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Unsuccessful lab project :(

  1. Apr 6, 2015 #1
    Hello,

    Last week our group did a project to see out of carbs, protein, and lipid which one produces the more carbon dioxide, and we were unsuccessful.
    Here is what we did:
    • 4 test tubes
    • 1 tube was control (4ml yeast and 10ml water)
    • second tube (4ml yeast; 5ml water; 5ml lipid)
    • third tube (4ml yeast; 5ml water; 5ml protein)
    • fourth tube (4ml yeast; 5ml water; 5ml carbs)
    We put the balloons on the top of each test tube to see which one will expand more. Unfortunately, after 10 hours none of them produced the CO2.

    What could be the possible reason? We will have this project tomorrow again, so how should we design our project now?

    Thank you!
     
    Last edited: Apr 6, 2015
  2. jcsd
  3. Apr 6, 2015 #2

    Evo

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    Staff: Mentor

    Was the water warm enough or too warm? Was the yeast old?
     
  4. Apr 6, 2015 #3
    Water wasn't warm; we used the tap water at normal temp. I don' know about the yeast because we just mixed that with the water, and then put that in the test tube.

    For other groups in the class it worked little bit, but didn't work at all for us.

    What others did: they mixed yeast, protein, lipid, and water (first one); yeast, protein, carbs, and water (second one); and yeast, lipid, carbs, and water (third one).
     
  5. Apr 6, 2015 #4

    Evo

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    Staff: Mentor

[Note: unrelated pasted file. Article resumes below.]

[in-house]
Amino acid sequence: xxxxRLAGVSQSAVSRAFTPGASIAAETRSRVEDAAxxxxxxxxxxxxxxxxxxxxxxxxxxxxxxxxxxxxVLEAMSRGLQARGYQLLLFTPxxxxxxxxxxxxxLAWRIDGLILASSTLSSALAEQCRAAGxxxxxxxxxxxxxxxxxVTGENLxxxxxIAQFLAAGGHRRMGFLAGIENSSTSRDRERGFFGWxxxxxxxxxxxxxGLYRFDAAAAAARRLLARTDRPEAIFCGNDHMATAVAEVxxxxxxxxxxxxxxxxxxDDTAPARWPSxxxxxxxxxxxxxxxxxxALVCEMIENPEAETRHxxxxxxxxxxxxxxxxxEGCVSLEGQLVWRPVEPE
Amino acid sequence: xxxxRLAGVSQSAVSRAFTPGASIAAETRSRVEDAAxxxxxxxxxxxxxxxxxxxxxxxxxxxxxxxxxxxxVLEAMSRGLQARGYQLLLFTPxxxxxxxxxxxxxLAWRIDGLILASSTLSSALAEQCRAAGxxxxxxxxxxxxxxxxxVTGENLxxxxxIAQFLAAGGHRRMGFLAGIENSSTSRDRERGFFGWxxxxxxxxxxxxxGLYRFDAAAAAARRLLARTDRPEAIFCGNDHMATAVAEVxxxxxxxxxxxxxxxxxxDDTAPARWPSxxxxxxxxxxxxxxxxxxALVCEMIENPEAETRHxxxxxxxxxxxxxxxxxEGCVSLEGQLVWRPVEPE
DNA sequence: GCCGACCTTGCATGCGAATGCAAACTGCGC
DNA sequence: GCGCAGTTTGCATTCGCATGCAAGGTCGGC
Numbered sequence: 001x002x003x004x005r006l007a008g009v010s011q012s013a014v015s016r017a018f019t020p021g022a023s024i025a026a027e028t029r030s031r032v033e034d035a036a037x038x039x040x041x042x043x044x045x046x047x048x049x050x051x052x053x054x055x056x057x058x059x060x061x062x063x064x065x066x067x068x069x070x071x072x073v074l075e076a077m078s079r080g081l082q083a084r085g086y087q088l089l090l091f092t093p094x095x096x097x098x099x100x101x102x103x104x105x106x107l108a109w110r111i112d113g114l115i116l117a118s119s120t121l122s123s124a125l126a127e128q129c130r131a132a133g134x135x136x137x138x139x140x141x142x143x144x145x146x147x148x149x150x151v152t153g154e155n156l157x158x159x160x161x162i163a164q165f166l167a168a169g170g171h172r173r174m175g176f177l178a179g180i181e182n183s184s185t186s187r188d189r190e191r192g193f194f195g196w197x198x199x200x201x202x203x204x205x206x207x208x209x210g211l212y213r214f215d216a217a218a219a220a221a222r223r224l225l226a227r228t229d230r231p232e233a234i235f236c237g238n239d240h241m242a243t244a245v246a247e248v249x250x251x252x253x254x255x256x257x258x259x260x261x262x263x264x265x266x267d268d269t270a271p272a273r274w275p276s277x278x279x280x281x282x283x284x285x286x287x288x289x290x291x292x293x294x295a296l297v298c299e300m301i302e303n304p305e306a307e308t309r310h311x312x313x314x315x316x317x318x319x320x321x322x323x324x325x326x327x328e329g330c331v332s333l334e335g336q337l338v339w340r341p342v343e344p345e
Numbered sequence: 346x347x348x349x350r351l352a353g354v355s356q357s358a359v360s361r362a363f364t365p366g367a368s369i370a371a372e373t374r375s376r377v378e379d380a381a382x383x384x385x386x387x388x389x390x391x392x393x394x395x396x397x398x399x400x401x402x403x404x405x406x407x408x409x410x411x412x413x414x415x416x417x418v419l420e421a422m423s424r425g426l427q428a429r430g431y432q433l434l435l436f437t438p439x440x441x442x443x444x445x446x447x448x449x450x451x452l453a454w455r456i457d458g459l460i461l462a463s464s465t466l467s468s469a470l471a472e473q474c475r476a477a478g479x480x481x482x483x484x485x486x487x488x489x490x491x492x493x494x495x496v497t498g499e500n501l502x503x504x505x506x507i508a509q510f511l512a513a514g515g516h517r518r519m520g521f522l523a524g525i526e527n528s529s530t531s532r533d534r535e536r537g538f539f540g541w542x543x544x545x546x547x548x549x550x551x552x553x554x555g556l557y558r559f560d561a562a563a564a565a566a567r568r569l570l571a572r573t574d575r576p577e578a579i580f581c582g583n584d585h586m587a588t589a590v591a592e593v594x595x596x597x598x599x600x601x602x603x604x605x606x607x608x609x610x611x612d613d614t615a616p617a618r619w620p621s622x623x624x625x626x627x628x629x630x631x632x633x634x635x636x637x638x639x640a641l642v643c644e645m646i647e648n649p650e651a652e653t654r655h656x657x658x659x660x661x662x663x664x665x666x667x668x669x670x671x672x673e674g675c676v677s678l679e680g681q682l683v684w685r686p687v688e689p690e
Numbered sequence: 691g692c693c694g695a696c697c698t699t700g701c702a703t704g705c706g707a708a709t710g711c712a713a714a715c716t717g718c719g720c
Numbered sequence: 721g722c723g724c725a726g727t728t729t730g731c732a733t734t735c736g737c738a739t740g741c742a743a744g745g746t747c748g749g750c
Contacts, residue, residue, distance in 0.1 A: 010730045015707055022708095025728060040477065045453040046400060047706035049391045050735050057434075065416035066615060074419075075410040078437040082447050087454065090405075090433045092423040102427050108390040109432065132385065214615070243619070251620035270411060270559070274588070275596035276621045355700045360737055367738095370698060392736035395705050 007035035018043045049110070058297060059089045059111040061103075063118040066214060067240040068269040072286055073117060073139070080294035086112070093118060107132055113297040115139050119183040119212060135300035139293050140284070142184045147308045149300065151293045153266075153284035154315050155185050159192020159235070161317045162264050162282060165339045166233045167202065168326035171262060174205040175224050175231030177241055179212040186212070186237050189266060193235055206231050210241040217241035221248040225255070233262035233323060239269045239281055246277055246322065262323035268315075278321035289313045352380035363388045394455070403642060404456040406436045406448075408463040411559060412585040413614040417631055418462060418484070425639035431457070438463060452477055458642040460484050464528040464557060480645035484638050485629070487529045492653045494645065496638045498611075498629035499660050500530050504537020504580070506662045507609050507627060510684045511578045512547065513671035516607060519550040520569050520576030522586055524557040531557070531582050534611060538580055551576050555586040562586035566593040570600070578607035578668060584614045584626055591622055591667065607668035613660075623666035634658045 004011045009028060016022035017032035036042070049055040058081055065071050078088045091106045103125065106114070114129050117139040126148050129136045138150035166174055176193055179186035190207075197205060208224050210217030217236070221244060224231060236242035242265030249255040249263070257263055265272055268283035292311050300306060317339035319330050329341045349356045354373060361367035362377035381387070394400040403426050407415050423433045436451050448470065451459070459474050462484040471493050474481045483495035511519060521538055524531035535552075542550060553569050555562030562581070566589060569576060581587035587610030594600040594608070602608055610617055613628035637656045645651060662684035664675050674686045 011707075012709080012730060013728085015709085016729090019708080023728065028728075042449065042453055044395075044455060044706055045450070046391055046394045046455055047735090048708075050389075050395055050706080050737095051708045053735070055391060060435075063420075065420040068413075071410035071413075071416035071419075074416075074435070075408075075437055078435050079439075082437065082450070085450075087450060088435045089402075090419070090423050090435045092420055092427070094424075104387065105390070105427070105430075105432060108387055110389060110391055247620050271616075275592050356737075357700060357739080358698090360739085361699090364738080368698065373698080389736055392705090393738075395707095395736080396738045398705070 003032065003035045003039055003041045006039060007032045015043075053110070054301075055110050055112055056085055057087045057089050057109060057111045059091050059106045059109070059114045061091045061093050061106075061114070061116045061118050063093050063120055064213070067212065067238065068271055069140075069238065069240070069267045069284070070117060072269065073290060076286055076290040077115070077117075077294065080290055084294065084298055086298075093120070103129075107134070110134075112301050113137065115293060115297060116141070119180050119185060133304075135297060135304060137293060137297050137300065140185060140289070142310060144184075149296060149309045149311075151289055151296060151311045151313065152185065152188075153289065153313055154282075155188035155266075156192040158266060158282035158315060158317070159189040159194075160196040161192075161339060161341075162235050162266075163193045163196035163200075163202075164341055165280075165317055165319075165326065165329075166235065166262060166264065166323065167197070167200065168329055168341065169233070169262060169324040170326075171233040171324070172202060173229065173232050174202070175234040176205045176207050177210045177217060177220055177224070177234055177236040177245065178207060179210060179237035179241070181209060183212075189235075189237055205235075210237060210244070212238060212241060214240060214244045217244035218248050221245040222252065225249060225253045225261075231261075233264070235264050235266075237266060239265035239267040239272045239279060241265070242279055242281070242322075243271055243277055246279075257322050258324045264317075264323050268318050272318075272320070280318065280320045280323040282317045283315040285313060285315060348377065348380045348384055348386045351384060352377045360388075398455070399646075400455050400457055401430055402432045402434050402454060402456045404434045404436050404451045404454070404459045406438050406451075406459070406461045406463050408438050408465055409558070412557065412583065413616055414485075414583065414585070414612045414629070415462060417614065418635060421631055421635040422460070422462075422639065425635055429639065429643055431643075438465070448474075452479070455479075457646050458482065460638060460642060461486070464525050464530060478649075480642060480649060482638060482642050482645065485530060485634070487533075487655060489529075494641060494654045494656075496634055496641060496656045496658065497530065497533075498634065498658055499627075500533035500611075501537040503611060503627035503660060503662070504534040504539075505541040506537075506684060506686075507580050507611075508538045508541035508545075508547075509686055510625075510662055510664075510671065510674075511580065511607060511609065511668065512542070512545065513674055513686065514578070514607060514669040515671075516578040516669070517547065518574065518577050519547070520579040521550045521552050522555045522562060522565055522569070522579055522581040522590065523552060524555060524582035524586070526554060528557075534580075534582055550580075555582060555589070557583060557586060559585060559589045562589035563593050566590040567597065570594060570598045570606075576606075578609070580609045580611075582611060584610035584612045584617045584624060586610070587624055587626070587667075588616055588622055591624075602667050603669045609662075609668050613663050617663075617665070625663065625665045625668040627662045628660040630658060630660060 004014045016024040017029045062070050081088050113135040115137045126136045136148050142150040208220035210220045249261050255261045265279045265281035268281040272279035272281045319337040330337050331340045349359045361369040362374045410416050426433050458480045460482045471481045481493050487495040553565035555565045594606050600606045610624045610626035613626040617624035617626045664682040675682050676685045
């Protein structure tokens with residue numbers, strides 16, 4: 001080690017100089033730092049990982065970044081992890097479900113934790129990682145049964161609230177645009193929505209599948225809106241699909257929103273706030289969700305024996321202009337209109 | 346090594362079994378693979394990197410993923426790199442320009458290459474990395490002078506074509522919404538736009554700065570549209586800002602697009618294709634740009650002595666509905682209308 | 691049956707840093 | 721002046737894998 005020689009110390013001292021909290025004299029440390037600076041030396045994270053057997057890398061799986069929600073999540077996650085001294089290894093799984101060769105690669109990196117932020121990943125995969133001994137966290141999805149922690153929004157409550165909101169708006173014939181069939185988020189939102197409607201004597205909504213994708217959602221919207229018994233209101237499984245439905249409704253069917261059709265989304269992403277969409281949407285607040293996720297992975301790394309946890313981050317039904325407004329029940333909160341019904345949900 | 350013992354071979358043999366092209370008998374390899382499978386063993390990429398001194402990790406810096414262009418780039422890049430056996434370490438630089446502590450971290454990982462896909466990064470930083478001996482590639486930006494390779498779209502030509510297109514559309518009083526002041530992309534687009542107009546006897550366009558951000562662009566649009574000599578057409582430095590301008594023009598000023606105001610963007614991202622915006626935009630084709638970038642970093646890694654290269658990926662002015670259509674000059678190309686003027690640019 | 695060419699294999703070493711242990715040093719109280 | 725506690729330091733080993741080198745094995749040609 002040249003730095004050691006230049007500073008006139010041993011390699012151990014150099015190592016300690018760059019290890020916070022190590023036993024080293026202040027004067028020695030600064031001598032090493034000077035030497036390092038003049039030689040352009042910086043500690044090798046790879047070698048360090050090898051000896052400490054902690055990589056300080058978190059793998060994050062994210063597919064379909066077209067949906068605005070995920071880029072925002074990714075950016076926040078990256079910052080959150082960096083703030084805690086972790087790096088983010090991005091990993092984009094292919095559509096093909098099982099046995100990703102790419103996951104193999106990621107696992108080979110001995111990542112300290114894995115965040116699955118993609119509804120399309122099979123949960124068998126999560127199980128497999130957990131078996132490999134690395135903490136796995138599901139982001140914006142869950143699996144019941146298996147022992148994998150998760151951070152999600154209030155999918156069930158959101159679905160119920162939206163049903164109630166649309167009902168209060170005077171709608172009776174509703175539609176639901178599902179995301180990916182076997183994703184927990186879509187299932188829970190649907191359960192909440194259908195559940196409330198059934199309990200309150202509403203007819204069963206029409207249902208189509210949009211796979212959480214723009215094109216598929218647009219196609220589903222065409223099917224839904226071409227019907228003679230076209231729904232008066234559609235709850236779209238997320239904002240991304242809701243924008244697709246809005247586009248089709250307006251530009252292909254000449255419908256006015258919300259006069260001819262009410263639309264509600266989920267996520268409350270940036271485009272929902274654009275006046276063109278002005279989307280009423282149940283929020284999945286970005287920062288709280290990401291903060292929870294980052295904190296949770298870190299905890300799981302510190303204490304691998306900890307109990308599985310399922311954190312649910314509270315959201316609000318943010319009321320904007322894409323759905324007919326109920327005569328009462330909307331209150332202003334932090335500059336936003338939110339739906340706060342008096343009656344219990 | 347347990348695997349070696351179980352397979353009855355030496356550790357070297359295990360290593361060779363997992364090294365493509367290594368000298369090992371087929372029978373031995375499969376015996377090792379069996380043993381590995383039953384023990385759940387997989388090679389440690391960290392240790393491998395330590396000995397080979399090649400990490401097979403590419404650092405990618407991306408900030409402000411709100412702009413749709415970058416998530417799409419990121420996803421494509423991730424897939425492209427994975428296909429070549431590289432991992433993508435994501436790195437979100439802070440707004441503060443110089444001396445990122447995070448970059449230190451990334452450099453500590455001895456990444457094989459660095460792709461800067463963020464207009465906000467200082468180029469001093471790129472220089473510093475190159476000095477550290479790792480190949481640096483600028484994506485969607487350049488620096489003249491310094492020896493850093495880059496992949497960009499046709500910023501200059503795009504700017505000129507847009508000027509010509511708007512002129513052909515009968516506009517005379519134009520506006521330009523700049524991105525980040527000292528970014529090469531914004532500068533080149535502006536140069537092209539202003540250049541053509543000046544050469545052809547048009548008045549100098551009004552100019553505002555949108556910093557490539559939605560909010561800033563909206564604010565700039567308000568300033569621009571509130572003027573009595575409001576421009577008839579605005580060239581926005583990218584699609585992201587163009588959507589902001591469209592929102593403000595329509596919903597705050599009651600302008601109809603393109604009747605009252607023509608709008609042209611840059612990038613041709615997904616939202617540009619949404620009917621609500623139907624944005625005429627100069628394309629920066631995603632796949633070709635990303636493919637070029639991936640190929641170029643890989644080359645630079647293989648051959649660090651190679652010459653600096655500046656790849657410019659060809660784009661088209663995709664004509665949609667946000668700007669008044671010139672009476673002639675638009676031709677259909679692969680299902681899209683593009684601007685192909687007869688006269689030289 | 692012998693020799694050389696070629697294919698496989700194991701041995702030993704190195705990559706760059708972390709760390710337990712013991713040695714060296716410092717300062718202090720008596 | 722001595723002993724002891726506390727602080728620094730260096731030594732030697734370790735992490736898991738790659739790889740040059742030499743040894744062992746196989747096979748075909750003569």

What temperature was recommended for the yeast? Most yeast requires warm water. Did the yeast have an expiration date? If the yeast is old, it may not ferment.
     
  6. Apr 6, 2015 #5
    I don't know about the temperature, but it worked for all other groups. Not successfully, but at least they showed some of their work.
    How should I design combination for the next time?
     
  7. Apr 6, 2015 #6

    Evo

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  8. Apr 6, 2015 #7
    Thank you so much!
     
  9. Apr 6, 2015 #8

    Evo

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    Staff: Mentor

    Good luck!
     
  10. Apr 9, 2015 #9

    BobG

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    This is interesting. It would be fun to analyze the results by the activities of the groups.

    Did the experiment work better for the first groups to get their water? (Most interior water pipes aren't insulated and the water is near room temperature. Eventually, the warmer water is used up and cooler water from the underground water pipes starts flowing.)

    Did the groups with working experiments spend more time handling the test tubes than other groups? (Their body temperature would warm the water in the test tubes.)

    Both variables would affect how well their experiment worked. Some may have handled their test tubes a lot, but started with a lower water temperature, etc.
     
  11. Apr 14, 2015 #10
    In making bread, I have learned the hard way (literally), yeast is very sensitive to temperature. Some packets come dead too, I think.
     
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